Sonoma County's jobless rate fell to 6.1 percent in September and stayed there in October as the local economy continued to grow, the state reported Friday.
The numbers illustrate the slow but steady progress away from the double-digit jobless rates during the recession, when unemployment peaked in Sonoma County at 11.2 percent in early 2010.
A year ago, the jobless rate had dropped to 7.8 percent and it has continued to decline as employers expand their payrolls. Over the last year, the local economy has added 2,200 jobs, the state Employment Development Department reported Friday.
“I think the big news for me is the year-over-year numbers,” said Ben Stone, director of the county's Economic Development Board. “2,200 jobs is really good news.”
The numbers are the first figures on the direction of the local job market in two months. The release of September's data was delayed by a month because of the federal government shutdown.
The county's jobless rate is inching closer to what is considered full employment, generally measured at between 5 and 6 percent, Stone said.
Some of the job gains are seasonal, said Robert Eyler, director of Sonoma State University's Center for Regional Economic Analysis. The retail sector added 400 jobs between September and October of this year, perhaps a sign of businesses gearing up for the holiday season.
But despite the temporary hires, many industries showed longer-term growth between 2012 and 2013. Eyler attributed much of that to relatively low-wage, service-oriented jobs to meet the needs of people moving to Sonoma County. Eyler also pointed to a recent hiring spree by the Federated Indians of Graton Rancheria, the tribe that opened the Graton Resort & Casino in early November. The special districts sector, which includes Indian tribes, added 1,400 jobs between September and October, according to the Economic Development Board report.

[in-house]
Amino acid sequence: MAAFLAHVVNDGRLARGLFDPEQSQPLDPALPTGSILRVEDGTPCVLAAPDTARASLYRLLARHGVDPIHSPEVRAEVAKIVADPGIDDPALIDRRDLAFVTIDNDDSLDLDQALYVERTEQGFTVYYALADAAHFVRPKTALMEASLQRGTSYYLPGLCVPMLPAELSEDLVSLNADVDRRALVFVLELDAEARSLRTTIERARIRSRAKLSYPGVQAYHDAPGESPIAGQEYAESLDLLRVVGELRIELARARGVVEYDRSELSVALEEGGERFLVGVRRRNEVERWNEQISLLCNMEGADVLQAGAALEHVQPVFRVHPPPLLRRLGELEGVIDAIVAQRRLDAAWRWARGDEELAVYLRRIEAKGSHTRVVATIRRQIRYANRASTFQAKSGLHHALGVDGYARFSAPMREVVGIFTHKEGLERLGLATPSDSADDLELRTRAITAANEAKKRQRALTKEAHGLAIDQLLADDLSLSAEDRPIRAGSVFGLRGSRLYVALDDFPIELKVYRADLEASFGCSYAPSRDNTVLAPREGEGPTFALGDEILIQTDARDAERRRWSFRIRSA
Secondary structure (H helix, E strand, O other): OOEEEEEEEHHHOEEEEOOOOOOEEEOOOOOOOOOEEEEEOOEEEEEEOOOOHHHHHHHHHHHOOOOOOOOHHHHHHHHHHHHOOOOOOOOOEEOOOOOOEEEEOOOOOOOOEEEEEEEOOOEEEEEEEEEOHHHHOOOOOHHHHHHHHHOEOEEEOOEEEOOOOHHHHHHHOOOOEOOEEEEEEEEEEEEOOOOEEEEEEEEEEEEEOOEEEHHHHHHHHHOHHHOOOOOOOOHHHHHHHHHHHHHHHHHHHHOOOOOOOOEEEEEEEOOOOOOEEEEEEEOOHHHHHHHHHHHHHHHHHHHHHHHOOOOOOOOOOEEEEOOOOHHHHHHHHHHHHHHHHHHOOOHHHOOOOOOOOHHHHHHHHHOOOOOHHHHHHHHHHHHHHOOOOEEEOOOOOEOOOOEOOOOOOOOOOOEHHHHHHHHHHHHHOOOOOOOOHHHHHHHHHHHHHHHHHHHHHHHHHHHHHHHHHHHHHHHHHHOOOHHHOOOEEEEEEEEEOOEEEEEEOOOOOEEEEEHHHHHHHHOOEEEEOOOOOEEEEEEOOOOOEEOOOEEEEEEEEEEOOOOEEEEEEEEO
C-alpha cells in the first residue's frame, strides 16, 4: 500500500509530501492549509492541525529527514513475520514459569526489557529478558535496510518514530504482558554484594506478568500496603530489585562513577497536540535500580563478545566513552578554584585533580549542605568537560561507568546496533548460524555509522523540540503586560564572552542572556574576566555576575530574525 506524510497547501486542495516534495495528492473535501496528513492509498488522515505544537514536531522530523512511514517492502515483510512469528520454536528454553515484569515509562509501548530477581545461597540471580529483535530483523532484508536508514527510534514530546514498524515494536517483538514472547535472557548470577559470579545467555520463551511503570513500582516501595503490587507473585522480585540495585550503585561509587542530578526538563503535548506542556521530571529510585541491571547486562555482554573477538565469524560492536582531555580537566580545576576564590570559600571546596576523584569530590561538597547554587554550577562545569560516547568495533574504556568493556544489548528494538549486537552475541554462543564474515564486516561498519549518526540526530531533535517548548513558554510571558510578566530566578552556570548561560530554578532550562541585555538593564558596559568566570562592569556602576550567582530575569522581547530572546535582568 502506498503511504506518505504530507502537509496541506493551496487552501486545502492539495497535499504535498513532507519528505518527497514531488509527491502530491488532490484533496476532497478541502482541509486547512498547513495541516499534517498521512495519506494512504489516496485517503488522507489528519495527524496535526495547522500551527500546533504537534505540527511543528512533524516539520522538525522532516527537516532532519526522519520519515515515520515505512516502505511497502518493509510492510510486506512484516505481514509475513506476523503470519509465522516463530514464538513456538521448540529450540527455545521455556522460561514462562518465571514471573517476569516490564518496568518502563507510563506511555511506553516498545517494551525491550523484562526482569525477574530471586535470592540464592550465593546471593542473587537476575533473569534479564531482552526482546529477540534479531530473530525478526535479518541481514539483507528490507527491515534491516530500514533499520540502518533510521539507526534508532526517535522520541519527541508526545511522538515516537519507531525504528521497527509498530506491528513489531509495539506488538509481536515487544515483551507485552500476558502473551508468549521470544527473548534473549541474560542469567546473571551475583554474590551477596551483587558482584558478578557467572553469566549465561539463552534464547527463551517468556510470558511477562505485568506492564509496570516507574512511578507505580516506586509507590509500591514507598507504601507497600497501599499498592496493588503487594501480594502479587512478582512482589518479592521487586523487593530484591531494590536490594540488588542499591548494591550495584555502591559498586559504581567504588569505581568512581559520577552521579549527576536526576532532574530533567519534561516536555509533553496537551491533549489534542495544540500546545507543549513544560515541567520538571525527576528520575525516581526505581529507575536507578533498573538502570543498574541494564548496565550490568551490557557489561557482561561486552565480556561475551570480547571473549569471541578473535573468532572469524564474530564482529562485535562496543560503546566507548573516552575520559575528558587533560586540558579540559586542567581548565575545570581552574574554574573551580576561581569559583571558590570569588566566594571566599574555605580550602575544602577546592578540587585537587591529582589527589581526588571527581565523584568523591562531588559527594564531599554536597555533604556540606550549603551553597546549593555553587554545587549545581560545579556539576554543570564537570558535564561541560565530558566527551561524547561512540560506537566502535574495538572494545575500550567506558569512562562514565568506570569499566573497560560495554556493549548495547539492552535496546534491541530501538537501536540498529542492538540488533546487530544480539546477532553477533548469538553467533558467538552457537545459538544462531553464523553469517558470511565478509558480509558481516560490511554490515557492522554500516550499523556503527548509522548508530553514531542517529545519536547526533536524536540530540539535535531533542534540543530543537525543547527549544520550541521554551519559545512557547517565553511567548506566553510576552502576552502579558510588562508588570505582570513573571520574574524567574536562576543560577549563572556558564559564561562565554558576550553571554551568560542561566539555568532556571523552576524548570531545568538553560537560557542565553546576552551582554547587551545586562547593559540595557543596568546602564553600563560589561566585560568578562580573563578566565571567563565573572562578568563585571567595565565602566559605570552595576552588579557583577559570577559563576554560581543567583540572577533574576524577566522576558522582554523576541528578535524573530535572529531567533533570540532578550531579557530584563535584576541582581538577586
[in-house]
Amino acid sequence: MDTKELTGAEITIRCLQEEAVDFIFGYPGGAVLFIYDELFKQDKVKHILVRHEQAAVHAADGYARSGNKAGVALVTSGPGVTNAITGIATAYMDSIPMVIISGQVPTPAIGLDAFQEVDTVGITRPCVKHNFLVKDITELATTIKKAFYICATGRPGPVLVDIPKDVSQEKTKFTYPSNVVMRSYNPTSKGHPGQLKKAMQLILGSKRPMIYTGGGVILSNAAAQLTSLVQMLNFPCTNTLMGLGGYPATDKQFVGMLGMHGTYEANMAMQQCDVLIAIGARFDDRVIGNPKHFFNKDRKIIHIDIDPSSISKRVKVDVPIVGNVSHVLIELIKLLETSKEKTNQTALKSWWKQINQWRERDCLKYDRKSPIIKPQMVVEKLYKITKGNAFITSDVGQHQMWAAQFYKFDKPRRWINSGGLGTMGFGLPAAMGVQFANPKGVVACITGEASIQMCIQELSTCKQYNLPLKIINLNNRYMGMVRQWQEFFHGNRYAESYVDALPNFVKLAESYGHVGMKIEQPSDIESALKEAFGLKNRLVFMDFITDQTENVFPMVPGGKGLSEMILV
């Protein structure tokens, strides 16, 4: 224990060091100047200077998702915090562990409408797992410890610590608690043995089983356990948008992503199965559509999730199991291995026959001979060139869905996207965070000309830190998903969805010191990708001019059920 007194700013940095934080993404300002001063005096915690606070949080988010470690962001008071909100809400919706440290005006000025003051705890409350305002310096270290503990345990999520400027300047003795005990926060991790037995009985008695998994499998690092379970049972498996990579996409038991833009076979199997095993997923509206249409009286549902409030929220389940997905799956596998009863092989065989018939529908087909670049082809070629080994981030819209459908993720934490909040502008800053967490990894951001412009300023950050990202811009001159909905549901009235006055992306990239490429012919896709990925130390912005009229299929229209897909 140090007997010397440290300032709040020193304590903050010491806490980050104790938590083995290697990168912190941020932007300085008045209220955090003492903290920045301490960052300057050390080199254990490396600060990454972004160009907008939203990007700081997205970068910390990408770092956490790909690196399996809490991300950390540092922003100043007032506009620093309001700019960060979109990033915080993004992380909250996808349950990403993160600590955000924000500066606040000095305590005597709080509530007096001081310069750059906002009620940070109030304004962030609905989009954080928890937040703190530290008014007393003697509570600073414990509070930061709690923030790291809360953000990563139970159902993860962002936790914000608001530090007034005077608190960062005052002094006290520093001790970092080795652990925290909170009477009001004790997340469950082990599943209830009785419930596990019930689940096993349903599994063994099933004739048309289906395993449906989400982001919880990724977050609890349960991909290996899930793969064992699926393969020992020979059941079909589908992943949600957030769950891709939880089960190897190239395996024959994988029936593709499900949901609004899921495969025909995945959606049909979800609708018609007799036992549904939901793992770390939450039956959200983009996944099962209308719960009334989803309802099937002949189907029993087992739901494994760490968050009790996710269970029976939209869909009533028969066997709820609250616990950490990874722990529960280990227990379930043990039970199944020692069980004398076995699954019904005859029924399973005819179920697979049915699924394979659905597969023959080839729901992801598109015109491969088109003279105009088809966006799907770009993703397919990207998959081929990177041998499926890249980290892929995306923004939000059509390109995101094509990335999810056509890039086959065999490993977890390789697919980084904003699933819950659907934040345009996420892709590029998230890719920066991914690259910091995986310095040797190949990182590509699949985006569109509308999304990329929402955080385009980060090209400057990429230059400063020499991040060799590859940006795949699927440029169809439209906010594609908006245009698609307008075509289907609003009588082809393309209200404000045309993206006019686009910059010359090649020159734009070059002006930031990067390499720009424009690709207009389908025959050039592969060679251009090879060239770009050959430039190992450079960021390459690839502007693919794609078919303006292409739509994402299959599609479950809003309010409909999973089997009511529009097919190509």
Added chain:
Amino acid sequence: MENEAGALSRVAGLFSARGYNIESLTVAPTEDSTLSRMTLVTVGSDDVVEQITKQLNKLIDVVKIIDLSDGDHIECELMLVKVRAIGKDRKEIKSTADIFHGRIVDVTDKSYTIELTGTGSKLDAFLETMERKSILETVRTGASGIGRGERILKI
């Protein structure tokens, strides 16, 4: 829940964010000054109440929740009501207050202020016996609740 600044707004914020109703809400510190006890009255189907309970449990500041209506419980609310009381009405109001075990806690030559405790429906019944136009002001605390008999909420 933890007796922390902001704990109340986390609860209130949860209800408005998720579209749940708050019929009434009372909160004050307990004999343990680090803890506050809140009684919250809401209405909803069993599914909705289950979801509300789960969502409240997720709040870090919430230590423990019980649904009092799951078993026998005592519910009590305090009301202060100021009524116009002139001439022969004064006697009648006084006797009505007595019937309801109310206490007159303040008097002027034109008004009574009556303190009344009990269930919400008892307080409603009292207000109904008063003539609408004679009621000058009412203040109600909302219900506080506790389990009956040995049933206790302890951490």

Two industries — leisure and hospitality, or tourism, and trade and transportation and utilities, which includes retail — saw the biggest gains year over year, adding 800 jobs each. Educational and health services, a market growing as Sonoma County's population ages, added 500 jobs. The government sector added 400 jobs.
Sonoma County compared favorably to the rest of the state and nation. Statewide, unemployment remained flat in California at 8.7 percent in September and October, while the U.S. unemployment rate grew to 7.3 percent in October, up from 7.2 percent in September.
Of California's 58 counties, Sonoma County now has the sixth-lowest unemployment rate. Marin County maintains the lowest jobless rate, at 4.8 percent in October. Unemployment was 5.3 percent in Napa County; 7.1 in Mendocino County; and 11.5 in Lake County.